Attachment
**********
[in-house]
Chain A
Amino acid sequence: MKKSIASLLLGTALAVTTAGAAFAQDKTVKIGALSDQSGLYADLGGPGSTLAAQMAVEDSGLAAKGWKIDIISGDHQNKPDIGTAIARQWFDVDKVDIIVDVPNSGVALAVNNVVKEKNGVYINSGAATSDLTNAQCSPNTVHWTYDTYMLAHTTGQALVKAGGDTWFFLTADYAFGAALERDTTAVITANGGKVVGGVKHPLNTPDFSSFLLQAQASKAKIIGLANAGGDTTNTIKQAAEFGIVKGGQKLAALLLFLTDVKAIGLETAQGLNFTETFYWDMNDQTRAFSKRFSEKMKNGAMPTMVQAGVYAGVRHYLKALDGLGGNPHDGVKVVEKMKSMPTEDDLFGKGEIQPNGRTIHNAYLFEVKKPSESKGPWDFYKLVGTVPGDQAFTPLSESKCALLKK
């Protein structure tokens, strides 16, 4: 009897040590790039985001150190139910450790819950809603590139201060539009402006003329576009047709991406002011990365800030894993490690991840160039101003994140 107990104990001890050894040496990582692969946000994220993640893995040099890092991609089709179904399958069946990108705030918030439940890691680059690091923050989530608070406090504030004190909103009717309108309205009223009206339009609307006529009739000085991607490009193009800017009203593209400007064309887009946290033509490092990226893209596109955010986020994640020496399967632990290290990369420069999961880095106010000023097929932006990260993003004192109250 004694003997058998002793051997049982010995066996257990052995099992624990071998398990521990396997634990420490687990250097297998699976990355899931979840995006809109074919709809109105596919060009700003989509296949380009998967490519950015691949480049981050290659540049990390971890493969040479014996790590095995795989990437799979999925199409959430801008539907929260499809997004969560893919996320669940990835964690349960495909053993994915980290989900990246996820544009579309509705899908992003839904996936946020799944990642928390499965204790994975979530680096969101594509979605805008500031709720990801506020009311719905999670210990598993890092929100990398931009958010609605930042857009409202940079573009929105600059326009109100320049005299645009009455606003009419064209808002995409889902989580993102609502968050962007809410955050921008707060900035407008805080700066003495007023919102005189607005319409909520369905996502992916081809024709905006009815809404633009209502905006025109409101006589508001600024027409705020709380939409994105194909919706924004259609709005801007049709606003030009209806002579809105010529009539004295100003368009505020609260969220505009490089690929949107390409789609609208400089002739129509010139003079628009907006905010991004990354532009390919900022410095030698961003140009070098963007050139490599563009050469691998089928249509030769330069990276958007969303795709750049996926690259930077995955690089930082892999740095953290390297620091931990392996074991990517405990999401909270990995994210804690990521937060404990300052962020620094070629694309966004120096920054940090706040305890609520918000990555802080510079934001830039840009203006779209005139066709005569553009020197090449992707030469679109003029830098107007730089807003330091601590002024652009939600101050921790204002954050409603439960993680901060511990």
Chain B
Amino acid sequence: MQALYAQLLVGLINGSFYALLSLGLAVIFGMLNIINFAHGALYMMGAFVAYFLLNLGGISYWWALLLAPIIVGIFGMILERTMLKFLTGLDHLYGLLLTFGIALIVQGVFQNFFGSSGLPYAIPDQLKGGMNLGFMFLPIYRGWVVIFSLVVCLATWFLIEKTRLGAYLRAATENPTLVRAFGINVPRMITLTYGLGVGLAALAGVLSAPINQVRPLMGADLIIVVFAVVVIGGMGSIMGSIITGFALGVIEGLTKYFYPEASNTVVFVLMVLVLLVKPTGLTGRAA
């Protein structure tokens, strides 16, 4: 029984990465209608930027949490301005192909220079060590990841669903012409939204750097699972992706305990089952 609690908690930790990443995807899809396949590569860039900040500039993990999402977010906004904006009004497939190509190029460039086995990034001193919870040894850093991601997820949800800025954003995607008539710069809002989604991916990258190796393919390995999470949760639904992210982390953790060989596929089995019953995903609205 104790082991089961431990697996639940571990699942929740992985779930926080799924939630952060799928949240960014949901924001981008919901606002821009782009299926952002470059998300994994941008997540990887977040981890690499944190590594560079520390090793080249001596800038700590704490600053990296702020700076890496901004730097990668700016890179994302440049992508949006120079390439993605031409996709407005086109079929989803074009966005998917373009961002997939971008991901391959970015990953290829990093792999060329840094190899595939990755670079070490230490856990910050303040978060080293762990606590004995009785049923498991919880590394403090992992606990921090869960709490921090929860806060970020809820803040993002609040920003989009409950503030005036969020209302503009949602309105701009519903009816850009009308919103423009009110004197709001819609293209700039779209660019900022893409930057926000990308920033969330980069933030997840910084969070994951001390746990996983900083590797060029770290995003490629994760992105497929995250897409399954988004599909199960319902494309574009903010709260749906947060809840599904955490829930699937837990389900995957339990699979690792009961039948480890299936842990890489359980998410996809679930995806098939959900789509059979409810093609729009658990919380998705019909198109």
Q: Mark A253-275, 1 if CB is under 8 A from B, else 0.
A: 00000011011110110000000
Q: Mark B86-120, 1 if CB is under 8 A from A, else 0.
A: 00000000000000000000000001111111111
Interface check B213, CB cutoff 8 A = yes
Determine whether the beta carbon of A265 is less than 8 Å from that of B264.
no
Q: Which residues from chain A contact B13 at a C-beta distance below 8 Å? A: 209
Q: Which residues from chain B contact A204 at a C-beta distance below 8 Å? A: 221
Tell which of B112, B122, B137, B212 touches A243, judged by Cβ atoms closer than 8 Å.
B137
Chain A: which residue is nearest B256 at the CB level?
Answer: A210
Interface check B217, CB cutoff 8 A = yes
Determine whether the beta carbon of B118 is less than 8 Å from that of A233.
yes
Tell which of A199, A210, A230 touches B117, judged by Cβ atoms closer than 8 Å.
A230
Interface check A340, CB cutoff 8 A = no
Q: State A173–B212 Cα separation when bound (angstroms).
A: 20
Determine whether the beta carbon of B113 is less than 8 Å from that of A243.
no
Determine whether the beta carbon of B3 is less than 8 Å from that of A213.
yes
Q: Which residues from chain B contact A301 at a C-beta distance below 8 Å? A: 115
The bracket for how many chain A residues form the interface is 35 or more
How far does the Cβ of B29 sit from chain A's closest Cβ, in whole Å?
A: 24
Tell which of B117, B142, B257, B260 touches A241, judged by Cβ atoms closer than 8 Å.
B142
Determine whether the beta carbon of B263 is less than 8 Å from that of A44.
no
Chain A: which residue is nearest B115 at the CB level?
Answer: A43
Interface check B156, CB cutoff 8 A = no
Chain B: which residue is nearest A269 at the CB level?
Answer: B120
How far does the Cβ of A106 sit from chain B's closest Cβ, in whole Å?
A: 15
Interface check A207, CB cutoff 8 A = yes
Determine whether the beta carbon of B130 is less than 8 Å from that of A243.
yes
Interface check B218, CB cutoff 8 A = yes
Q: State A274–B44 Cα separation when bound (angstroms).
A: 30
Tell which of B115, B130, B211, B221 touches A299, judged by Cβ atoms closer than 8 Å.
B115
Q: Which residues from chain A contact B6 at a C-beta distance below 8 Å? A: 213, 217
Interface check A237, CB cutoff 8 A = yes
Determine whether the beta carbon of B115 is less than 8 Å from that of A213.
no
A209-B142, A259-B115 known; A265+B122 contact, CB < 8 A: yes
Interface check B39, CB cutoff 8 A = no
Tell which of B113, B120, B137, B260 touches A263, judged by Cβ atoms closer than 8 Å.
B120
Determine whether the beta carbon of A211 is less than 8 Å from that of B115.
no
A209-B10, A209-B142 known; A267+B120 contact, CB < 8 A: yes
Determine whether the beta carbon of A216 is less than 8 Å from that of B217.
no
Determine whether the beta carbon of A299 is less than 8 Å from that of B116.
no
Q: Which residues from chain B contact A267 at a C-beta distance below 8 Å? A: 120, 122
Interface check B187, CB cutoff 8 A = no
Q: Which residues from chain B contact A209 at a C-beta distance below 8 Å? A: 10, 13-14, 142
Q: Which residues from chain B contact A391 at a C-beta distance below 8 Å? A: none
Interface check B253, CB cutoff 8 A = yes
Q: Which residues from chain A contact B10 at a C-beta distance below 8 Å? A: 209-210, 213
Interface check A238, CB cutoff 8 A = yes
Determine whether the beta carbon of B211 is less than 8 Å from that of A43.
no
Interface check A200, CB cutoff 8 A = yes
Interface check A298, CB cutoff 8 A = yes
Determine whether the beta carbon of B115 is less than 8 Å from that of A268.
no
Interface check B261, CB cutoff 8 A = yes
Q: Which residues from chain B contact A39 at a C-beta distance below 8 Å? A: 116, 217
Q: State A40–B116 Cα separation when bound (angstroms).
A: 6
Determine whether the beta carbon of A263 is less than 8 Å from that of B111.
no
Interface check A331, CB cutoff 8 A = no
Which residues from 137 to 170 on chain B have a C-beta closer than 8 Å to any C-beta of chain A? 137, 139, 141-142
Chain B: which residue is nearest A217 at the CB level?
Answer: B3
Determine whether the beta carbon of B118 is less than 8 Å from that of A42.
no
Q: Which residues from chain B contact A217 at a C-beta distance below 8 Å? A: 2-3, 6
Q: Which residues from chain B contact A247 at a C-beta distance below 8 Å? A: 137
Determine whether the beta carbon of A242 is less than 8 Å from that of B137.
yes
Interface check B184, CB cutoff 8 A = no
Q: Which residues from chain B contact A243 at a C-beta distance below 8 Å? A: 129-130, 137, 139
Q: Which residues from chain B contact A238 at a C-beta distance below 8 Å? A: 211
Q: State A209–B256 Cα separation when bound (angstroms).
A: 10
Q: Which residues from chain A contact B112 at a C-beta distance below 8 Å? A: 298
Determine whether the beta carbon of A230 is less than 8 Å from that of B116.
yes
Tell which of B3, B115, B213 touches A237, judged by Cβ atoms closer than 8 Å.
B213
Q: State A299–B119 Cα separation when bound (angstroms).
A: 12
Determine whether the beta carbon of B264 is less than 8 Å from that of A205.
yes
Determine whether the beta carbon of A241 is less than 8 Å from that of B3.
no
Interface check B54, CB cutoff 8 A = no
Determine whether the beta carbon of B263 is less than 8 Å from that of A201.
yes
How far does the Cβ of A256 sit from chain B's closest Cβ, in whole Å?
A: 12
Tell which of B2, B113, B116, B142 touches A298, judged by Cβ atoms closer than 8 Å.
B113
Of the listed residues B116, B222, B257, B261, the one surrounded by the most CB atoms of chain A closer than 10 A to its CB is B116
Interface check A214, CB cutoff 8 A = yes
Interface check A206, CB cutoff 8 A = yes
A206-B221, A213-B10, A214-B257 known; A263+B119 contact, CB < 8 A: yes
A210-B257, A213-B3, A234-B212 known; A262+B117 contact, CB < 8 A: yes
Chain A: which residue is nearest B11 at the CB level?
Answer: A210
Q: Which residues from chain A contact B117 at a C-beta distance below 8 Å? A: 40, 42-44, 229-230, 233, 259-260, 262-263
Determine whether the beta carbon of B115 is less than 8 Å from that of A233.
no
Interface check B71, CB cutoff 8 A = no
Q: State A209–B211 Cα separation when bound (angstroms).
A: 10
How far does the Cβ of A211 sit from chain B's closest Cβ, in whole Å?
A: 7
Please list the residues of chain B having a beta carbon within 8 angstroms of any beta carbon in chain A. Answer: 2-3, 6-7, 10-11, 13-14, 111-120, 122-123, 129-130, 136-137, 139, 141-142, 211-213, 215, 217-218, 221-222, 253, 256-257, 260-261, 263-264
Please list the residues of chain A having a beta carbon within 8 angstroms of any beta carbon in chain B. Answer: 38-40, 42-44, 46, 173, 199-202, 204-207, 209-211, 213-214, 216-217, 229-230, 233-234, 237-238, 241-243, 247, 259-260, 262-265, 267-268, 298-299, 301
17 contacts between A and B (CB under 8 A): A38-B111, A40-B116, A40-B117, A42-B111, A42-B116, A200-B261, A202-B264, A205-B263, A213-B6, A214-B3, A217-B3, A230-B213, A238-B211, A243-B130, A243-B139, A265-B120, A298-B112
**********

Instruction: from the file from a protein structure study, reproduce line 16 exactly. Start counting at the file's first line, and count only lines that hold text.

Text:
Q: Which residues from chain B contact A204 at a C-beta distance below 8 Å? A: 221